>Upcoming WMATA story possibilities

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WMATA’s press office has told me that I should have my requested interview with the Smartrip manager this week, so if you have any questions please post them in the comments.  Right now I’m going to be concentrating on upgrades to the system in the future, such as the “walking transfer” option being discussed for the Farragut stations, as well as my favorite topic, allowing the smartcards to be used as Metrorail or Metrobus passes.  Other topics will be automatic replenishment with credit card accounts, online payments, etc.
I have also been told by WMATA’s public access to records administrator that my question regarding Google Transit should be answered this coming week.
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About perkinsms

I'm an engineer and father interested in transit, parking and economics.
This entry was posted in google, government, passes, smartrip, transit, WMATA. Bookmark the permalink.

10 Responses to >Upcoming WMATA story possibilities

  1. Anonymous says:

    >Can you ask about being able to add value to SmarTrip cards via the Internet? This was supposedly coming for years but still hasn’t been implemented yet.

  2. Michael says:

    >Will do. From my previous conversations with WMATA Smartrip marketing, this is on the table. Also, being able to add value via kiosks at Giant grocery stores.

  3. Alan says:

    >How about the bus-to-rail transfer we’ve been promised ever since all the buses got SmarTrip capability?

  4. Anonymous says:

    >1) what’s the timeline (if there is any) for being able to buy 1-day and 7-day passes to put on a Smarttrip card? And will we ever have a way to add the monthly passes for the Georgetown Metro Connector (the “blue bus”) or the Circulator?2) Right now, if you lose your card or have it stolen, you have to provide the serial number to get the stored value back. Could there be a way to use other information (name, address, credit card used to charge it) to get a refund?

  5. Johanna says:

    >What about something like the London system, which will effectively award you a day pass after the fact: If you take a lot of trips in a single day, it stops charging you when you hit the cost of a day pass.Does that count as a change to the fare structure, since people would be charged less than they are now? Or not, since it just makes it easier to take advantage of an option that already exists? And is it something that WMATA could implement?

  6. Michael says:

    >I’ll answer the questions that I know the answers to:Alan, bus-to-rail transfers are a board policy, so I don’t think the staff member I’m interviewing will be able to speak much about it. I’ll ask, though.Anonymous #2: I’m definitely going to be asking about this question. I didn’t know about the Georgetown Metro Connector pass, or the circulator. I’ll ask about them.Johanna: I’ve seen that, and it was mentioned in WMATA documents back around 2001, it was called “Fair Fare” and worked to cap the expenditure at various fare levels. It would be considered a change in the fare structure, I think, but I can ask. Frankly, I don’t see what’s in it for WMATA. It’s almost a pure revenue loss for them, with only the marginal benefit of additional ridership, but without the commitment of knowing they have your money in advance. At least with a weekly pass, there’s the chance that you may not ride enough to make up your money.All of these questions will be presented to my interviewee if there is enough time.Thanks to all for your questions. I’ll keep you posted.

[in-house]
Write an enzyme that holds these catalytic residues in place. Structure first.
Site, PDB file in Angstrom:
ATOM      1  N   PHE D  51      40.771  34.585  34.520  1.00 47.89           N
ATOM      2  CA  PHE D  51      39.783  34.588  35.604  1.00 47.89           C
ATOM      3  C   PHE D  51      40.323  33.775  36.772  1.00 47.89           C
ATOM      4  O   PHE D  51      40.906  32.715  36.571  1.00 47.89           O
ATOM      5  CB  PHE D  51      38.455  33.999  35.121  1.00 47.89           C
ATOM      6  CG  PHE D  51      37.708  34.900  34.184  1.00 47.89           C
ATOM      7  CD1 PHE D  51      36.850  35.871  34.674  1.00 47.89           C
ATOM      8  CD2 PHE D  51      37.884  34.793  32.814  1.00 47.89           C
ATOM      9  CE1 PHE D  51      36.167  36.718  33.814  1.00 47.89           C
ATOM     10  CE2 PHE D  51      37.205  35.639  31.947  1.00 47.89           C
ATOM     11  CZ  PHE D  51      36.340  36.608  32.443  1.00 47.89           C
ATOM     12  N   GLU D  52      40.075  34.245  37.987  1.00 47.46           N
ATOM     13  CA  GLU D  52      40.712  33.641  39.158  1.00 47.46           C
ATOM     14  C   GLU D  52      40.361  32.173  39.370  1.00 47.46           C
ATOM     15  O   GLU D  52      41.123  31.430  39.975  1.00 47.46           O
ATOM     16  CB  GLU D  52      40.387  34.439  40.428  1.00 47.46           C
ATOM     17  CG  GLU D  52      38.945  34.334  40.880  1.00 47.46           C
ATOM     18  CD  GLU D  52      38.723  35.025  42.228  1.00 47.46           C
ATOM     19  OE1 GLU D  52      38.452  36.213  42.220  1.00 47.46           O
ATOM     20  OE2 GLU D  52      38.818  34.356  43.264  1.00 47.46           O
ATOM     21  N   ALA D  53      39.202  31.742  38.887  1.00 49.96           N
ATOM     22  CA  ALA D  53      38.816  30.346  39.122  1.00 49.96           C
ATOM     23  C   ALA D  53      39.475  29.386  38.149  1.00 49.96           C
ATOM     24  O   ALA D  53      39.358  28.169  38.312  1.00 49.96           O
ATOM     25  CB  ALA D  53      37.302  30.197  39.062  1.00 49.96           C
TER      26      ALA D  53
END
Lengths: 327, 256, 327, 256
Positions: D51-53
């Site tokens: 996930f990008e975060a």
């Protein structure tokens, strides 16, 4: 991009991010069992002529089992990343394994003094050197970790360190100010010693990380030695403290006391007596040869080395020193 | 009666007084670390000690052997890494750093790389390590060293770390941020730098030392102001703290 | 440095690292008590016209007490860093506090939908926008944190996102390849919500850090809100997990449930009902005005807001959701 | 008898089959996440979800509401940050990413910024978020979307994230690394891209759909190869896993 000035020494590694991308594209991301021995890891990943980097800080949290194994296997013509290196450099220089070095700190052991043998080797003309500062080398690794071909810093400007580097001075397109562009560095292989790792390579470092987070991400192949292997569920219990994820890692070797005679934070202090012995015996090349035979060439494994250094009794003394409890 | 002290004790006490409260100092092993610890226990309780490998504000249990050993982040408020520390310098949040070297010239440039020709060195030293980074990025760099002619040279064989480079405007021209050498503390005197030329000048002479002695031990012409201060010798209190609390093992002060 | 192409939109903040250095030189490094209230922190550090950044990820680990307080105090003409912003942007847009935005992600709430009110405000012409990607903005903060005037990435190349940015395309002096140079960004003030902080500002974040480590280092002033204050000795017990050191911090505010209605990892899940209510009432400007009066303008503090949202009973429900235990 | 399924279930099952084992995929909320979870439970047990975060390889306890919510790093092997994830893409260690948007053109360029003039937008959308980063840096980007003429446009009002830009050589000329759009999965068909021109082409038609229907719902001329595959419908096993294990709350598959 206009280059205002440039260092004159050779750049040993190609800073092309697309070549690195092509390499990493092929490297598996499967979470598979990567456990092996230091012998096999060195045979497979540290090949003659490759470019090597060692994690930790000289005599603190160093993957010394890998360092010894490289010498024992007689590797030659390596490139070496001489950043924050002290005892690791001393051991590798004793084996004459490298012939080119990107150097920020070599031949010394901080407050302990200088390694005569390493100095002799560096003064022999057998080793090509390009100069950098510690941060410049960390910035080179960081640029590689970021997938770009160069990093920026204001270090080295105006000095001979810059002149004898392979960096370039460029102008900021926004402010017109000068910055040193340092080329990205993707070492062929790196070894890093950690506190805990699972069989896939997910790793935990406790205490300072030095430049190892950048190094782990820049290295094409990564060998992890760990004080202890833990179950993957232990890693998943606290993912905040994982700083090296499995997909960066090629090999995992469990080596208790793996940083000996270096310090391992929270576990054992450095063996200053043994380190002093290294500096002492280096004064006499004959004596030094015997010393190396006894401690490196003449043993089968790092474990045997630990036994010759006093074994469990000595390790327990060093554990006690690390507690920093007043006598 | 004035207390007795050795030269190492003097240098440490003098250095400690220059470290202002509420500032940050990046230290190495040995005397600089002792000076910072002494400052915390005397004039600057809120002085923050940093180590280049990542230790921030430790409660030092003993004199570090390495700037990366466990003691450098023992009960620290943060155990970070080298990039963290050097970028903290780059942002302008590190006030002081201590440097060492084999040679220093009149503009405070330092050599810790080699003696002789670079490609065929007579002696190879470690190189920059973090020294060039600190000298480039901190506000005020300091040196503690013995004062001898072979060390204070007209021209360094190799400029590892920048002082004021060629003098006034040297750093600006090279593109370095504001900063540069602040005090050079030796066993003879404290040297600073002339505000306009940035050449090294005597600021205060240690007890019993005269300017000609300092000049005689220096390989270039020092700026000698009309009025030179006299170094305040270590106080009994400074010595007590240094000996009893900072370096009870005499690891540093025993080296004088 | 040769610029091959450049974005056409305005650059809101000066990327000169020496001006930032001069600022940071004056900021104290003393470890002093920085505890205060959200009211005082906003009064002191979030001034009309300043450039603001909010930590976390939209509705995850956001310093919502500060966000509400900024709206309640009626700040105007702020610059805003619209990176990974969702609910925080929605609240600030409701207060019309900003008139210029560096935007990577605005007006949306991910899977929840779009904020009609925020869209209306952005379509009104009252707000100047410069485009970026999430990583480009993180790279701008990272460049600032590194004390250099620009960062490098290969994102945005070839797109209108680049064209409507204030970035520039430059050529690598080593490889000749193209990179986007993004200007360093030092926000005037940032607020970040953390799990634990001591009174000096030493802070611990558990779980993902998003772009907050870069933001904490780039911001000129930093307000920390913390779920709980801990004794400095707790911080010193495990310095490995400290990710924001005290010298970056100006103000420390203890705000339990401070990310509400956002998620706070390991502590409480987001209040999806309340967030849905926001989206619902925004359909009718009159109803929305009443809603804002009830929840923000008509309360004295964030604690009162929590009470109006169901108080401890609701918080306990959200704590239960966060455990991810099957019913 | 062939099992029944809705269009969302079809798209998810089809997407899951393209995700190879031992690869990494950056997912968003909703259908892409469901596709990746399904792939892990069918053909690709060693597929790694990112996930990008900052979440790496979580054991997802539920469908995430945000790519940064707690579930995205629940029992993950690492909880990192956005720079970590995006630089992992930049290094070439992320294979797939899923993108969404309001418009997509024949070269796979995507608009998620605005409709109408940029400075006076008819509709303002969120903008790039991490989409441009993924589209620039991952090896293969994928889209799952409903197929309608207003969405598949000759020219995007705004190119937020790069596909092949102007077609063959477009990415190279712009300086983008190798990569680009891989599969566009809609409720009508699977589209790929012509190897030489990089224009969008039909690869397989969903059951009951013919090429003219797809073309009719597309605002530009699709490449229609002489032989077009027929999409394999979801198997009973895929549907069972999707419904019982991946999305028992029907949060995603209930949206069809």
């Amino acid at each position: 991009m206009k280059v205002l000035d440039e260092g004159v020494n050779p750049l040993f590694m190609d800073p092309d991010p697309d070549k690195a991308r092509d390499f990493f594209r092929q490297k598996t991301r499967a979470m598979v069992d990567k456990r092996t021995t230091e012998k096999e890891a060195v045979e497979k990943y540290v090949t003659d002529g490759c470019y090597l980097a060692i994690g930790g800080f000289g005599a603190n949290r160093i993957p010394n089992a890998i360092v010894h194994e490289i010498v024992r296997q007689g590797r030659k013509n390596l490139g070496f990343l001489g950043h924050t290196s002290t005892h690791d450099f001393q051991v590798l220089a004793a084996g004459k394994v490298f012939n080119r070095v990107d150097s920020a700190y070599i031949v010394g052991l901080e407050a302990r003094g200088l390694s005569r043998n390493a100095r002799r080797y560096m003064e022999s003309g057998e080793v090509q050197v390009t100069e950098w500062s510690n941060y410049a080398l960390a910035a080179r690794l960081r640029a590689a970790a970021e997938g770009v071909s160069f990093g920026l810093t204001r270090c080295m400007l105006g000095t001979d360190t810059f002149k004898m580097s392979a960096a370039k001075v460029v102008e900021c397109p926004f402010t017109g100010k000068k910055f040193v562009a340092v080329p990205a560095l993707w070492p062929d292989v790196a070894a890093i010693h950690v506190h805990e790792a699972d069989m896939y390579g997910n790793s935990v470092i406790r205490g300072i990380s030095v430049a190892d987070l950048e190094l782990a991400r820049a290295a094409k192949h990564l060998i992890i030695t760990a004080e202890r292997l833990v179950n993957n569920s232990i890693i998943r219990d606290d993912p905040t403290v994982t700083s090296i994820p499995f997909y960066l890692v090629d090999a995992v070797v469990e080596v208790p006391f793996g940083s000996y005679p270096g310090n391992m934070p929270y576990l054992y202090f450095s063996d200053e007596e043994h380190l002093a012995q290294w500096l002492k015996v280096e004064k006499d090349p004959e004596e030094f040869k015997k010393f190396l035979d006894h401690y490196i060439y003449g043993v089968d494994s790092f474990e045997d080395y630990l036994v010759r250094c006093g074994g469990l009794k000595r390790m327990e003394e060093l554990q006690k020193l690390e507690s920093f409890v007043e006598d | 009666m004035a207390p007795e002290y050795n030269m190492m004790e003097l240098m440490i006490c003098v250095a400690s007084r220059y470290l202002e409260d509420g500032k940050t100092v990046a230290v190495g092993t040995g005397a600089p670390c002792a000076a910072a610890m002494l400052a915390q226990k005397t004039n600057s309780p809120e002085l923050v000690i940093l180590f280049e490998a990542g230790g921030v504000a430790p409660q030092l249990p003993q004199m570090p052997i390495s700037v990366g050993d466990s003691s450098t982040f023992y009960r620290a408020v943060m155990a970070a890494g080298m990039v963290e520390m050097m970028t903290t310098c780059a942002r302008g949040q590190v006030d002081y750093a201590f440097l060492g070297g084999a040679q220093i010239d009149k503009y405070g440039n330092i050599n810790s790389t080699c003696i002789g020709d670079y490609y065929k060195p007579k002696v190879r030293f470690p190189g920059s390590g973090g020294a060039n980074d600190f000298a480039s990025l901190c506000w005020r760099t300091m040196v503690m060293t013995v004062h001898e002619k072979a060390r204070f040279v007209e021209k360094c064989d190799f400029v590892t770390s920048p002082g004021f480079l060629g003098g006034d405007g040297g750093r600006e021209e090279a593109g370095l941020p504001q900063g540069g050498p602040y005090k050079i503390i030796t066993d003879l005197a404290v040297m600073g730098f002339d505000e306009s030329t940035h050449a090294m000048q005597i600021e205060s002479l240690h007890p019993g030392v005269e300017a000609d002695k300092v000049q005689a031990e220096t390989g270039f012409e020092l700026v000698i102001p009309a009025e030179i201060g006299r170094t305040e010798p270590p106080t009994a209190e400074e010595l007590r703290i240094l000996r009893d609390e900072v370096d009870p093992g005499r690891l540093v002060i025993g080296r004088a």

7. Michael says:

    >Oh, and Anonymous #2: If your card is registered, your name and contact information is all they need. I’ve gotten Smartrip cards replaced without knowing the serial number. Call 1-888-SMARTRI(p). You will need to know your PIN which was established when you registered the card.

  8. Johanna says:

    >Re “Fair fares”: That’s kind of what I thought, but I was just wondering.I can think of a couple of possible advantages for WMATA, though. If fare-capping is only offered to people with SmarTrip cards, that increases the incentive to get a SmarTrip card. And if you can get the advantages of a day pass without actually buying one from a fare card machine, that means less crowding at the fare card machines in the mornings, which makes things nicer for everybody, which could mean increased ridership. (Where I live, in College Park, there is often a problem with huge crowds at the machines on weekend mornings. Most of them are novice Metro riders, I think, so they’re not using SmarTrip cards and wouldn’t be affected by advantages offered to SmarTrip users, but they would be affected by me not being in their way.)I don’t know if either of those is enough to offset the cost to them, though.

  9. Michael says:

    >WMATA answered a lot of the Smartrip questions. I put the answers I got up in a new post.

  10. Anonymous says:

    >how do I transfer my old smart trip card that broke to my new smart trip card?

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